There’s no critic like an Indian critic. Kitschy drawing rooms and smoky lounges across the country are filled with the latest laments of the Great Indian Perfectionist, constantly weighing and coming up short. Be it cricket, the latest Bollywood line-up, a child’s near-perfect report card, the rain gods, in-laws, spouses, the domestic help, parking hierarchies, the butter in our dal makhni or the Oscar shortlist, we set impossibly high standards.
But when it comes to our politics, there is no fatalist like an Indian one. For a country where primetime shows hotly debate every political hiccup and sneeze, we Indians seem to have – in the past few years – set the bar alarmingly low for those who govern us. As if we are scared to expect anything more from our politicians or administrators except a good slanging match to complement that pre-dinner single malt.
Having lived most of my life in that unholy state of mind, Uttar Pradesh, I’m willing to admit that perhaps my judgement is a little skewed. It is difficult to break out of a cycle of despair when your choice depends more on the lukewarm merits of a government that will ‘at least give a percent of it back’, than a truly credible alternative to a non-performing one. Sadly, it’s the most two generations seem to think is their due.
If it was in our nature to be apathetic, it might almost excuse our political fatalism. But the truth is that we have forbidding expectations when it comes to our personal lives. Check out any matrimonial ad and its long list of desirables in a single person. Go to a parent-teacher meeting, eavesdrop at a wedding or trawl any city bar around the time performance appraisals roll in and you’ll catch my drift. Good enough is just never enough for any self-respecting Indian.
We may stand proud and hopeful at the altar of our personal expectations everyday but we wring our hands helplessly when faced with political choices that affect the quality of our lives. Nothing will change, we say, so why bother? Our choices seem to be informed by half-baked convictions based on ‘better or worse than’ instead of a resounding ‘best’. Given the supreme competency and spirit of inquiry that every proud Indian possesses, such a lukewarm outlook is nothing short of baffling.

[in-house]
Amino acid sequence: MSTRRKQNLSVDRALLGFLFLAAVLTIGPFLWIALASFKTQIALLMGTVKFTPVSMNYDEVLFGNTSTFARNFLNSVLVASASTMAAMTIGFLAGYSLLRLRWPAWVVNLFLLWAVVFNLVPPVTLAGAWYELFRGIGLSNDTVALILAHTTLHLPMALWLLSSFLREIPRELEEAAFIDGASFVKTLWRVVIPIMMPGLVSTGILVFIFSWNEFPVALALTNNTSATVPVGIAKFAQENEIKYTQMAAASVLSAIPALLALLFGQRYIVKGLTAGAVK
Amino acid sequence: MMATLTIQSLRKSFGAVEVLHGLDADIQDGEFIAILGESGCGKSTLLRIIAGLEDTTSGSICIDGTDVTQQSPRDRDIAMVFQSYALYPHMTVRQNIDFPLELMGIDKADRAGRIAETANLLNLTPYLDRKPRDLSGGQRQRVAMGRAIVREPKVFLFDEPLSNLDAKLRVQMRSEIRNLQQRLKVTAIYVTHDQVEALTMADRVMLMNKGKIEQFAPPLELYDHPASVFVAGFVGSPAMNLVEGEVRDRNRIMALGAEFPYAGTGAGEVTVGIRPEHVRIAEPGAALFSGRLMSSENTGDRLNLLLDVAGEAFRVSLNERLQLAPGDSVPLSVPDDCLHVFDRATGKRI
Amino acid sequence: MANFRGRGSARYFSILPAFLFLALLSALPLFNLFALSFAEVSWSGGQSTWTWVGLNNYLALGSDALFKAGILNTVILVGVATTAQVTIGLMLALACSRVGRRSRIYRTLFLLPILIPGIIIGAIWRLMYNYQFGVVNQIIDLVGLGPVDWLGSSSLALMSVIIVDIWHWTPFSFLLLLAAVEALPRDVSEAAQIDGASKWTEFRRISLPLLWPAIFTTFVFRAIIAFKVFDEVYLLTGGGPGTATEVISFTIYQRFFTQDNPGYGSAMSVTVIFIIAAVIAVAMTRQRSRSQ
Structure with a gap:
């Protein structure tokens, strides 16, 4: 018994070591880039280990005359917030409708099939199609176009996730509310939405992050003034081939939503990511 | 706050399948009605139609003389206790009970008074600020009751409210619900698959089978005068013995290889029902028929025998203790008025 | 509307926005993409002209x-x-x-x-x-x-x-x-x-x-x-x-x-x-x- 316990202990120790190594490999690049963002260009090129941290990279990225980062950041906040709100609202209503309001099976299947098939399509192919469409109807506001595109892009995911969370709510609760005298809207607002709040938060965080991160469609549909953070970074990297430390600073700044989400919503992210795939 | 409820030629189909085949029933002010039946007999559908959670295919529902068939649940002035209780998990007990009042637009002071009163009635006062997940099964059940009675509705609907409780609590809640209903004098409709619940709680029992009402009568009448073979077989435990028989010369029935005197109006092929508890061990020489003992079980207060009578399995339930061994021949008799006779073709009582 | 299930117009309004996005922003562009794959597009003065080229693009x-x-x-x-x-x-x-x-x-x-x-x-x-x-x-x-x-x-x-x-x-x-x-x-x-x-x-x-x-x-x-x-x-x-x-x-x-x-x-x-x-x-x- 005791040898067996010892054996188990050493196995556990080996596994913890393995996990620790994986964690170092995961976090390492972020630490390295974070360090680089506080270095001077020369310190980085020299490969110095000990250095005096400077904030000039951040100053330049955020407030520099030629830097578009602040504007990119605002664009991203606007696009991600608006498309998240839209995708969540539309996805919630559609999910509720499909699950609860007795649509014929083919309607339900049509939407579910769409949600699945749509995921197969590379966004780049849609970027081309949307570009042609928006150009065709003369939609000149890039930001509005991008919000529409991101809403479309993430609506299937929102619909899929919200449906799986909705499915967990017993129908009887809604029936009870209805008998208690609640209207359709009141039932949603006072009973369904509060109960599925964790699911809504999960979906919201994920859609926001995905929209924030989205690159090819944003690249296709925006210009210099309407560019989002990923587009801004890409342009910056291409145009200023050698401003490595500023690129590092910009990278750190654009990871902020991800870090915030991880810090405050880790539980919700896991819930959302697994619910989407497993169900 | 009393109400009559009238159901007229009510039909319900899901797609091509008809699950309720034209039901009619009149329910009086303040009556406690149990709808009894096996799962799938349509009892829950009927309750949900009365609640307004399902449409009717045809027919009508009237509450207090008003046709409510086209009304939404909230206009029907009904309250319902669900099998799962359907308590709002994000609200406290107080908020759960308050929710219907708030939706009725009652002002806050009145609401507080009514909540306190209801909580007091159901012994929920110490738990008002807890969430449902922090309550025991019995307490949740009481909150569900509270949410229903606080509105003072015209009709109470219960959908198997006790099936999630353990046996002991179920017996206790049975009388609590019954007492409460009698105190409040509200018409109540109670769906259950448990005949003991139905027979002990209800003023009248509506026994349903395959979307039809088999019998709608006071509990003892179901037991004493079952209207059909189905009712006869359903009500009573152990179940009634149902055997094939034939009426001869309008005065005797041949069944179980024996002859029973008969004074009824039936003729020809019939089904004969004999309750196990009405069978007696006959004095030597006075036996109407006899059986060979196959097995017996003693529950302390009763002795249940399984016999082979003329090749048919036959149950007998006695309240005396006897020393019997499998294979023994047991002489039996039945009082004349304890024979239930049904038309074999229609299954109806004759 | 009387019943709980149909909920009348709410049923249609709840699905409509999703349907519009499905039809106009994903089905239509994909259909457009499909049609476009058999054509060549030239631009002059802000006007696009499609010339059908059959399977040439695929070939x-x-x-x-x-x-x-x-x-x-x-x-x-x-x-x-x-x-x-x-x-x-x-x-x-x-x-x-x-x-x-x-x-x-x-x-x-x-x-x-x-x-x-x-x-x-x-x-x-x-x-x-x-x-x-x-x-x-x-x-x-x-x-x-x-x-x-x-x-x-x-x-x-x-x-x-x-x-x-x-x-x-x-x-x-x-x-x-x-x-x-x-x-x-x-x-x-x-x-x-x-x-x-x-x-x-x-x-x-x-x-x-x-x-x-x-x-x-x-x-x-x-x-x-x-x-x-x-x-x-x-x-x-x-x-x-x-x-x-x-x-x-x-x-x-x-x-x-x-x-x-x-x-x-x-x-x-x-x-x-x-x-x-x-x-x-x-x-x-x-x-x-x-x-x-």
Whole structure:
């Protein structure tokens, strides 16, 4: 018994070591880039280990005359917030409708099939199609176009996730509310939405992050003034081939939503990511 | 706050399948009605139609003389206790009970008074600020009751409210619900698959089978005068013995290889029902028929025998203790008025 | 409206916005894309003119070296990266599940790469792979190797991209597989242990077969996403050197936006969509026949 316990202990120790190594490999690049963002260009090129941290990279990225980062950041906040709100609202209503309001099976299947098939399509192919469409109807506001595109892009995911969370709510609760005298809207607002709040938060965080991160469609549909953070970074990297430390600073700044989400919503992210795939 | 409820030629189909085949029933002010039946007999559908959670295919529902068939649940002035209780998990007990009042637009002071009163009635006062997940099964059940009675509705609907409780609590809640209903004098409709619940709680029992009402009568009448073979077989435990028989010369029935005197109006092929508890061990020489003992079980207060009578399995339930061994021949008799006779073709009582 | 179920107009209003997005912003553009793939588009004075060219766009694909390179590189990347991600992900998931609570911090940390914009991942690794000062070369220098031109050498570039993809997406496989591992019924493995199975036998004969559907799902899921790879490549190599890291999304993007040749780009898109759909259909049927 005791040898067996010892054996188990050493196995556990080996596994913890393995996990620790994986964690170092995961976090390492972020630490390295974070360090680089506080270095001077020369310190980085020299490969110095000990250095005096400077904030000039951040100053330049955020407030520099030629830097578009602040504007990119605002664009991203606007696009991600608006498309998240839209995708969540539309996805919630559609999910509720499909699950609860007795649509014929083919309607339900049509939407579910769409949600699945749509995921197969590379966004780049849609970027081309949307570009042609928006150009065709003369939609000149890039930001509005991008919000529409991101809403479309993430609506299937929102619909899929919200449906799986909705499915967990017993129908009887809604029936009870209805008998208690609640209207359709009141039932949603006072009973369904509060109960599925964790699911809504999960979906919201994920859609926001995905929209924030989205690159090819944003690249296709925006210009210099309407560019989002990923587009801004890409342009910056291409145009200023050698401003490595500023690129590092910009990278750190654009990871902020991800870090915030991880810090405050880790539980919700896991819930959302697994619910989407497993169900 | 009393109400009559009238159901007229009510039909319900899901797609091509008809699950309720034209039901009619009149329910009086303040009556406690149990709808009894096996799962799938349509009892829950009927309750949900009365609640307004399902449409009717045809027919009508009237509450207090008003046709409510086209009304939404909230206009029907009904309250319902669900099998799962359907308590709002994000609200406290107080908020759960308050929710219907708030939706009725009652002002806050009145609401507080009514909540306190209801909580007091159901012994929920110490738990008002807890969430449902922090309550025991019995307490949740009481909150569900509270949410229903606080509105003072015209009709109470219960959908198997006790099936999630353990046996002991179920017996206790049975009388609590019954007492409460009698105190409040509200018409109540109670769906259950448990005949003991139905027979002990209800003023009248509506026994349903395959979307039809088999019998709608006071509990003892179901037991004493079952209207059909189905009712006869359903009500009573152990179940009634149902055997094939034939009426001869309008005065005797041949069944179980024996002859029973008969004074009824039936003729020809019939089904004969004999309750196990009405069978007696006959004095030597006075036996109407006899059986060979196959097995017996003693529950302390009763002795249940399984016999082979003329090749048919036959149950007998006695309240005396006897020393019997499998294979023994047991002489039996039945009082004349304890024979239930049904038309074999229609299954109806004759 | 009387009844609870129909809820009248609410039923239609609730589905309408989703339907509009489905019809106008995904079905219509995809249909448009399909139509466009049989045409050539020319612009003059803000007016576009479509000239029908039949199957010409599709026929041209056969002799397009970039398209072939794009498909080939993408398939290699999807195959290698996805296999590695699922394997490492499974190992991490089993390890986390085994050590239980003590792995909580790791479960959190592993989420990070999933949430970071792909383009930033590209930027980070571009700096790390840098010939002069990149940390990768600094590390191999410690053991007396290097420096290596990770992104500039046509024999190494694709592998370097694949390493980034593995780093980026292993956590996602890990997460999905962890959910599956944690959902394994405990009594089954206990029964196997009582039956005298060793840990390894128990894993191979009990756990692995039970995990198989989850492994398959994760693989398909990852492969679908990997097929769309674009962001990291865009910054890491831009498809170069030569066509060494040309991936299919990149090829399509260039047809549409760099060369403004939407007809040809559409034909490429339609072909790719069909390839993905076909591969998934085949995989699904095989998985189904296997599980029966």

Now another election season is upon us, and I can’t help but wonder: will it be business as usual or has the Indian electorate crossed the Rubicon into an enlightened realm of political wakefulness that truly represents our collective aspirations?
Another confession is due here. I don’t watch too many news shows, preferring to watch my blood pressure levels instead. Some days I don’t even read the newspaper. Phone apps and Google News are usually my poison of choice. That is why – less distracted by all that entertaining pessimism – I am more hopeful than most that things are changing. Slowly, but surely. Whispers of transformation are waiting to be heard.
Let’s forget the screaming politics of the recent state elections and their continuing aftermath for a while, and focus instead on these gentle murmurs. Sweeping change and the return to an apparent status quo both underscored the changing mood of the Indian electorate. The AAP’s impressive administrative implosion aside, it finally tipped the scales on choice. The BJP’s thumping return in Chhattisgarh and Madhya Pradesh and the Congress’s lacklustre performance almost everywhere evened the odds on reward and punishment, delighting karma lovers like me. Just as steadily-climbing voter turnout rates, long sign up lists on online petitions, social media squalls and the changing demographics of protests and political rallies belie the sentiment in this article right here.
Elections are supposed to be great levellers and much-needed opportunities for course correction when business as usual is no longer an option. So is technology, in its potential to arm every voter with a powerful arsenal at his or her disposal. In a world where the very nature of interaction is changing faster than the fortunes of the stock market, systematically altering the landscape of information, response times and political conversations, it will be interesting to see how these two fascinating creatures collide and what they come up with in a month from now. Add to that the vibrancy and drama of an Indian election, and we are in for quite a ride.
Of course, we can’t change our politics overnight, but let’s at least begin by shaking up that stubborn status quo that keeps us spinning around in circles. I used to have this Leo Burnett quote taped inside my desk in school. “When you reach for the stars you may not quite get one, but you won’t come up with a handful of mud either.” Let’s raise the bar and see what we come up with.
Preeti Singh is a New Delhi-based writer. She tweets at @TruthAbtNobody. Views expressed are personal.